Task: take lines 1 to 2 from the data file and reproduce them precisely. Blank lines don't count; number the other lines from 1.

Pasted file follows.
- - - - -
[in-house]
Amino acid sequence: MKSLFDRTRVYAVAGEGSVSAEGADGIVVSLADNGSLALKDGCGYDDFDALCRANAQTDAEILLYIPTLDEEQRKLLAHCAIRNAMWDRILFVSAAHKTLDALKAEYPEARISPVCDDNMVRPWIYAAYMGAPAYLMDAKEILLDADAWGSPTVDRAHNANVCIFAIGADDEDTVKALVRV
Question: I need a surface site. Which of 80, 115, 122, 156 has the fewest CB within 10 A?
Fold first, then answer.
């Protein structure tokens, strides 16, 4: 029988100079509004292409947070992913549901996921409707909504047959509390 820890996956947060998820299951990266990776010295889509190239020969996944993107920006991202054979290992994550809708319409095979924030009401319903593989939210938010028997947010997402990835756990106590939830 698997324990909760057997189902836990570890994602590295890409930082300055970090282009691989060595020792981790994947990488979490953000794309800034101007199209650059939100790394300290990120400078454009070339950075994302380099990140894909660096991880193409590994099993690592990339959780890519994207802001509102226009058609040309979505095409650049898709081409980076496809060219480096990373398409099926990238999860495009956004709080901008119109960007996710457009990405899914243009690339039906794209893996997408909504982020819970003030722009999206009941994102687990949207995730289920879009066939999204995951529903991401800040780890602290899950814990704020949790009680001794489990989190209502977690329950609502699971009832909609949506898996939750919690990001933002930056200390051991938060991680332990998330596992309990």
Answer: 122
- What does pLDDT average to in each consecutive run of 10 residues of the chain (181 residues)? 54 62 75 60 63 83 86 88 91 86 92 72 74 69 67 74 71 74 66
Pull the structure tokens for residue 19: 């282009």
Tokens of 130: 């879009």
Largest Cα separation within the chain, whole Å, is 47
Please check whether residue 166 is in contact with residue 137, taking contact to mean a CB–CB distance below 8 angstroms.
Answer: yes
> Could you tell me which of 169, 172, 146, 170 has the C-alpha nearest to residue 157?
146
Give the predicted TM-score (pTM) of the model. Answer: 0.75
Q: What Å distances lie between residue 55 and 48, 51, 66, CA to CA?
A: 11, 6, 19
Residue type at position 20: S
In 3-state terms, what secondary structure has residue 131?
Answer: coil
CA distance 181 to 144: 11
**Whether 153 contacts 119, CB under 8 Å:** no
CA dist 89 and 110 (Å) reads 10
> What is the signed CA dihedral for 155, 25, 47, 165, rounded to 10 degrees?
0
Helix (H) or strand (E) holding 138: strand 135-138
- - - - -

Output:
[in-house]
Amino acid sequence: MKSLFDRTRVYAVAGEGSVSAEGADGIVVSLADNGSLALKDGCGYDDFDALCRANAQTDAEILLYIPTLDEEQRKLLAHCAIRNAMWDRILFVSAAHKTLDALKAEYPEARISPVCDDNMVRPWIYAAYMGAPAYLMDAKEILLDADAWGSPTVDRAHNANVCIFAIGADDEDTVKALVRV